The price rally in cryptocurrencies, especially Bitcoin, is leading to more and more private individuals investing accordingly. Provided that an investment in Bitcoin takes the form of a security, the tax treatment is simple. The domestic custodian has to withhold 27.5% capital gains tax on a corresponding capital gain. This unfolds the so-called final taxation for the investor – meaning: no inclusion in the personal income tax return is required.
However, what is the situation if Bitcoins per se are held as currency via a so-called wallet?
Transactions of Bitcoins held as private assets
Bitcoins held as private assets lead to a tax liability if so-called speculative gains occur. Two conditions must be met for this:
- first, a profit must be generated by the sale of Bitcoins.
- in addition, the period of time between the purchase and the sale of the Bitcoins must be less than one year.
The following three transactions count as sales in this context:
- Exchange of the Bitcoins for Euros
- Exchange into another cryptocurrency
- Exchange for goods / services
If there is such a sale with speculative profits, these are in principle taxable. There is an exemption limit of 440 euros per year. If this is exceeded, the profits must be included in the tax return as other income (speculative profits). The taxation then takes place, together with any other income, with the progressive income tax rate.
If crypto assets are assessed as interest-bearing, realized changes in value (both interest and realized increases in value) are taxable at 27.5%. An interest-bearing investment takes place by lending crypto assets to other market participants. If an additional unit of crypto-asset is promised in return for the transfer, this represents “interest” and is therefore taxable as income from the transfer of capital.
However, if Bitcoins held in private assets lead to losses, these can only be offset against profits from other speculative transactions within the same year.
Important: In order to provide evidence to the tax office, it is necessary that the transactions are precisely recorded (euro value at the time of purchase and sale, date of the transaction, etc.). Compared to a securities account, this is not easy because there is no such thing as a securities account including statements / statements / tax reports etc. Evidence can therefore be provided, for example, with the aid of an Excel or with software especially suitable for this.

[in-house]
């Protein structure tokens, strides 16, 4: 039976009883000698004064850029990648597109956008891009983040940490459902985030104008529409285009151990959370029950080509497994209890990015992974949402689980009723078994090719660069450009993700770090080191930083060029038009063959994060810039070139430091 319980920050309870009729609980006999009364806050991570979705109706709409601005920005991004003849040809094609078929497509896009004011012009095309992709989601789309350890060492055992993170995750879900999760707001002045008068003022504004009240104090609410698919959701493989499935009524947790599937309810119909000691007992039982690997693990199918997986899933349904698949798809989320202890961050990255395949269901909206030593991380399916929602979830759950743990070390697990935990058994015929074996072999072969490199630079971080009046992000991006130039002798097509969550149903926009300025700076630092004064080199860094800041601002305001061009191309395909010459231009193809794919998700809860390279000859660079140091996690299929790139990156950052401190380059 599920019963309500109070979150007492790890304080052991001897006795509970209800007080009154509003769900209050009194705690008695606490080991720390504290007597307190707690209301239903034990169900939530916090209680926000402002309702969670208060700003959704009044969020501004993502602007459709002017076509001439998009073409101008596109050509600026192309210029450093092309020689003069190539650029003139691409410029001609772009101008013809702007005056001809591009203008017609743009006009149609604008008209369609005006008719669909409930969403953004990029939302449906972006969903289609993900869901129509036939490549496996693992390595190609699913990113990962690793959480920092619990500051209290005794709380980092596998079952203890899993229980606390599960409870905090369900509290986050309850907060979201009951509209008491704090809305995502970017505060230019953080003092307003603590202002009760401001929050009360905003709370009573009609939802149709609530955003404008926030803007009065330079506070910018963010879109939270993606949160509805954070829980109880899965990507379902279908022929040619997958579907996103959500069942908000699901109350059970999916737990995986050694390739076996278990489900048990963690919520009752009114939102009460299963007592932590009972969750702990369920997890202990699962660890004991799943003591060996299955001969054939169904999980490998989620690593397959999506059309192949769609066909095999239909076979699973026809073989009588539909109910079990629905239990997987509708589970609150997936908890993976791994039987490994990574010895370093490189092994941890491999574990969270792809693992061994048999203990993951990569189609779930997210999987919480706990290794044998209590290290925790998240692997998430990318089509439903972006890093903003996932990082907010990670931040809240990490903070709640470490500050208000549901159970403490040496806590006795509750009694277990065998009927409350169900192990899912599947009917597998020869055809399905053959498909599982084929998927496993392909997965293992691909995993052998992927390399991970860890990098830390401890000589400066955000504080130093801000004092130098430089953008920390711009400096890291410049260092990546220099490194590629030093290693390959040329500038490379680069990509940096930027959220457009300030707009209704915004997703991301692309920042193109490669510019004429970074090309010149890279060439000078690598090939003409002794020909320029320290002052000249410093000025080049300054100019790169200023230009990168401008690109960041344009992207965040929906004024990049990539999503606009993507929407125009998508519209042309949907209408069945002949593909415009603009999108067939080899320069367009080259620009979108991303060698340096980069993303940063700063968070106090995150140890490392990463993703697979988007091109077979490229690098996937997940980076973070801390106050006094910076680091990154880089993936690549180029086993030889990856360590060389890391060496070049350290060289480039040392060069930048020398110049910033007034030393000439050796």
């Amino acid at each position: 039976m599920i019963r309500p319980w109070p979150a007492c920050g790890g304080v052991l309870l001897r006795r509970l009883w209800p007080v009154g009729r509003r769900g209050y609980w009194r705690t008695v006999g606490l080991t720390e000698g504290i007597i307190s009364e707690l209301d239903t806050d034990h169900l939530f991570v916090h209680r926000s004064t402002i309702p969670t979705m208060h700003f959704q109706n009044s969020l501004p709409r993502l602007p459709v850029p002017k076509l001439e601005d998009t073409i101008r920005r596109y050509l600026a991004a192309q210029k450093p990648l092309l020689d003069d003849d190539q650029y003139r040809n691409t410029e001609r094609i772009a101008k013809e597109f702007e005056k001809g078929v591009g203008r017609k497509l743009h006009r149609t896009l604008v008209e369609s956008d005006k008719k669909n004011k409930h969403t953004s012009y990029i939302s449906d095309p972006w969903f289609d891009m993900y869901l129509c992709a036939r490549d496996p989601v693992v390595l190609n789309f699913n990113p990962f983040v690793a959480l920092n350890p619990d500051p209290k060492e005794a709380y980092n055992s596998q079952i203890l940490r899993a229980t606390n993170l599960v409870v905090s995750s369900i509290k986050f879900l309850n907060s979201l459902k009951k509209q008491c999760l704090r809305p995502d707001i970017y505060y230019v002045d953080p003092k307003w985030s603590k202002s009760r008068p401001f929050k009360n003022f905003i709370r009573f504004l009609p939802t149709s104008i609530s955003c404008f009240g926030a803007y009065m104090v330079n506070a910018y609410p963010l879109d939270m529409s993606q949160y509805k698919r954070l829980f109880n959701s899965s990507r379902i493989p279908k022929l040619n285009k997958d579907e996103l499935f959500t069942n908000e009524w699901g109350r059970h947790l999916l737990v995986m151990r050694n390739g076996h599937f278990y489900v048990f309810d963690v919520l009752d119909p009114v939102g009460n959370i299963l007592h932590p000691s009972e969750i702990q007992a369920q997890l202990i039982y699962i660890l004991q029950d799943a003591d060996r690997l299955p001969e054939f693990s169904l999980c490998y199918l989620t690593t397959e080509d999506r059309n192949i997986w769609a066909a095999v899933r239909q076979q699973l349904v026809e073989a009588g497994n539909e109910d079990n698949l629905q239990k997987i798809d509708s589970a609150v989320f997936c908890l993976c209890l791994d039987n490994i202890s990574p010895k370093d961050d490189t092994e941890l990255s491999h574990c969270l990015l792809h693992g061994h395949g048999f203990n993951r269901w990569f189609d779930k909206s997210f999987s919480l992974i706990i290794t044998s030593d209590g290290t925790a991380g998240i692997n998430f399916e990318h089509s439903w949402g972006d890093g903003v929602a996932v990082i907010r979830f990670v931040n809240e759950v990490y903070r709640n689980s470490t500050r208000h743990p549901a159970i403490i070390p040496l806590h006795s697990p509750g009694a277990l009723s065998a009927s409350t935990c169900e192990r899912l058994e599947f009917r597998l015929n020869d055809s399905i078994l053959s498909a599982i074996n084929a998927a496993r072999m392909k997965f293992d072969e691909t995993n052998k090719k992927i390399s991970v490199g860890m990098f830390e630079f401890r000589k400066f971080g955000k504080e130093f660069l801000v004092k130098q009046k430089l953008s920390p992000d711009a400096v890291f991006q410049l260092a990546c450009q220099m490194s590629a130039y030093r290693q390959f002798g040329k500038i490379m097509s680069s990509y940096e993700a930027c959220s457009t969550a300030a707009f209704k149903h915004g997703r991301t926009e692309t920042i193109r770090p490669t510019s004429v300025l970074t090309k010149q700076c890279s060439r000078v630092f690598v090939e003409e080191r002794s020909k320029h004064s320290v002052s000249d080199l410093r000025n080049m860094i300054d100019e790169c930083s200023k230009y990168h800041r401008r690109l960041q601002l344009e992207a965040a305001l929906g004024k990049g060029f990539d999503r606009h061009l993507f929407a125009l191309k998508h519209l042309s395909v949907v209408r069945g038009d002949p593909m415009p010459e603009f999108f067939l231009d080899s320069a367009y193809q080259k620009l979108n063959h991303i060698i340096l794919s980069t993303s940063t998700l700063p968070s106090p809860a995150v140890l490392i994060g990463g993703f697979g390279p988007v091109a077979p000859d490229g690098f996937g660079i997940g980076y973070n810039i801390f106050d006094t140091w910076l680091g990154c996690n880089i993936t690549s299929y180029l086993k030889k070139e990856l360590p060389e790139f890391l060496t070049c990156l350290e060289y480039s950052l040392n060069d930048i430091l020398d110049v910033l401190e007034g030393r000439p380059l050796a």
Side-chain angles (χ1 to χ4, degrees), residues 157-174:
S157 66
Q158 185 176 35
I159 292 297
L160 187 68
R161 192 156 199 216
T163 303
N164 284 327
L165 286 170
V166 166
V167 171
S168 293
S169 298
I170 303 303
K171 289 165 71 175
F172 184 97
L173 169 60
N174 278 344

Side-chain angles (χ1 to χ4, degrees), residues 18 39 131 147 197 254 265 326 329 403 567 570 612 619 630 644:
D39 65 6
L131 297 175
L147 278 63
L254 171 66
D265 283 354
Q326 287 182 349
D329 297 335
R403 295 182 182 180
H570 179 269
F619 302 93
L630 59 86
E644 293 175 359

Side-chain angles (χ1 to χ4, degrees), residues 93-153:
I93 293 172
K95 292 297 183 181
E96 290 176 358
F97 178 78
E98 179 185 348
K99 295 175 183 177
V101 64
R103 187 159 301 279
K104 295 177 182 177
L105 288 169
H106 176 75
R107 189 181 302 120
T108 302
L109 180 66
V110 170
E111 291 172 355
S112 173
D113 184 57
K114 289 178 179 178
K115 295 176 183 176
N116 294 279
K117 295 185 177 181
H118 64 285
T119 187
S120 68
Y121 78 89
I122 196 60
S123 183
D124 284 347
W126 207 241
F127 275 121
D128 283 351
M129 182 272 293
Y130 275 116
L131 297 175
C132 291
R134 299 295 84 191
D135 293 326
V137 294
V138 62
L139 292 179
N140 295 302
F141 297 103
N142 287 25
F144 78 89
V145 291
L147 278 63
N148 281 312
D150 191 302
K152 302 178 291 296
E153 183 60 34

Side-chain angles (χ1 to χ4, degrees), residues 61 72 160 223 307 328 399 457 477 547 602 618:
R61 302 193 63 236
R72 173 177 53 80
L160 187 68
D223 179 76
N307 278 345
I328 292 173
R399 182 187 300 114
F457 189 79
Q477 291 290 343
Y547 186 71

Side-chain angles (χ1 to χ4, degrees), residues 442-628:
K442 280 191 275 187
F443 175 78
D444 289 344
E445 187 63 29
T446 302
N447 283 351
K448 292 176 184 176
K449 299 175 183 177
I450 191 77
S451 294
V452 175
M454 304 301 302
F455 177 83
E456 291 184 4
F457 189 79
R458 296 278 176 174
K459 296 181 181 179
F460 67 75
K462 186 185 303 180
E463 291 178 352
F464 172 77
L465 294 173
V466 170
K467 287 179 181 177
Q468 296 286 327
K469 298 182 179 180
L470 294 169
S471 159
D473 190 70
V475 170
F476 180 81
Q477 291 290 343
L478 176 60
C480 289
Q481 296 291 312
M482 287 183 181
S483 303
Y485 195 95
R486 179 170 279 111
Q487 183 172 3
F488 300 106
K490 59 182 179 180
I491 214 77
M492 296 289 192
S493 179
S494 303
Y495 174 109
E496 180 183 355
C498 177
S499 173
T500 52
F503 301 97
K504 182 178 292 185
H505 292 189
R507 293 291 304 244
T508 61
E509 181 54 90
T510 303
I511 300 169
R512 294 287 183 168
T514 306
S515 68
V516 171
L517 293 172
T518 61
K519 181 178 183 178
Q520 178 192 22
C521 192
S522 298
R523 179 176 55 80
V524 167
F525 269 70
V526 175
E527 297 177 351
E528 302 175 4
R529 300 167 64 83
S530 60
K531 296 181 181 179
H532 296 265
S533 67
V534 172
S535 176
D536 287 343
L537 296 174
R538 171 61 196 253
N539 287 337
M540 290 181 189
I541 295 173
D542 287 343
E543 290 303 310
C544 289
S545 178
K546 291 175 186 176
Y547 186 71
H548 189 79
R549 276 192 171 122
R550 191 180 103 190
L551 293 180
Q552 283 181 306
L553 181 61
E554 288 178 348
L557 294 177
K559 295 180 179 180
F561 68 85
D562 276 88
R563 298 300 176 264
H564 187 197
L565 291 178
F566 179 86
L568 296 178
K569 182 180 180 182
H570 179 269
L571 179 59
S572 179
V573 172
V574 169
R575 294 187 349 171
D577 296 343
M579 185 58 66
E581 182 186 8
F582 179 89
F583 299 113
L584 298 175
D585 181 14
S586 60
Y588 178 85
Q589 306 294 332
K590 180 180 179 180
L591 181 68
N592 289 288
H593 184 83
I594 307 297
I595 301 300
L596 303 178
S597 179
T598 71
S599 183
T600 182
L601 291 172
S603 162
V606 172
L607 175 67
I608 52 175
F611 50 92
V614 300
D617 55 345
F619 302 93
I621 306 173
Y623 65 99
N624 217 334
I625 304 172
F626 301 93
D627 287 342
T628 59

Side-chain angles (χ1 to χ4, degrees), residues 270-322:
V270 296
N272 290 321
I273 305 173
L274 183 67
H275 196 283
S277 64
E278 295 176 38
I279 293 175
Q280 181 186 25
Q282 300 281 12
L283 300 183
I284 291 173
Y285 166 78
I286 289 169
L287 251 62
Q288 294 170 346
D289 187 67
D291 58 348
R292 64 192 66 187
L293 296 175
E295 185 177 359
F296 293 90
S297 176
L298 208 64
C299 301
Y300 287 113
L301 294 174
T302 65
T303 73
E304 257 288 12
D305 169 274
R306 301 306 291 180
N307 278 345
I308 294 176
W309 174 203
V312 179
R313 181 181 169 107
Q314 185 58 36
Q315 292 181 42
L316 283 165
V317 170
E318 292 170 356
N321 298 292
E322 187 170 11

Transactions of Bitcoins held as business assets
If Bitcoins are held as business assets, the holding period is irrelevant for the taxation of profits. A profit from a sale is always taxed at the progressive rate. For corporations, this means taxation at 25% corporate income tax.
The statements on interest-bearing investments apply accordingly in the operational area (see above).
Treatment of mining
Mining is generally understood to mean the creation of new units of cryptocurrencies. According to the tax authorities, this activity is to be classified as a commercial activity and therefore also treated accordingly for income tax purposes, i.e. included in the income tax return. When determining the income, the market value of the units created is to be applied. As business expenses, for example, the depreciation of hardware purchased for this purpose or also pro rata electricity costs can be claimed.
In addition to including the mining activity in the tax return, it should be noted that the start of the activity must be reported to the tax office within one month by means of an opening questionnaire.
According to the current case law of the European Court of Justice and the interpretation of the tax authorities, no VAT is due
on this activity. Therefore, no input tax deduction is available.
You can also find important information in our article tax alert on crypto taxation
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PS: Please note, that we are no native speakers and that our blogposts were translated with the help of google translate.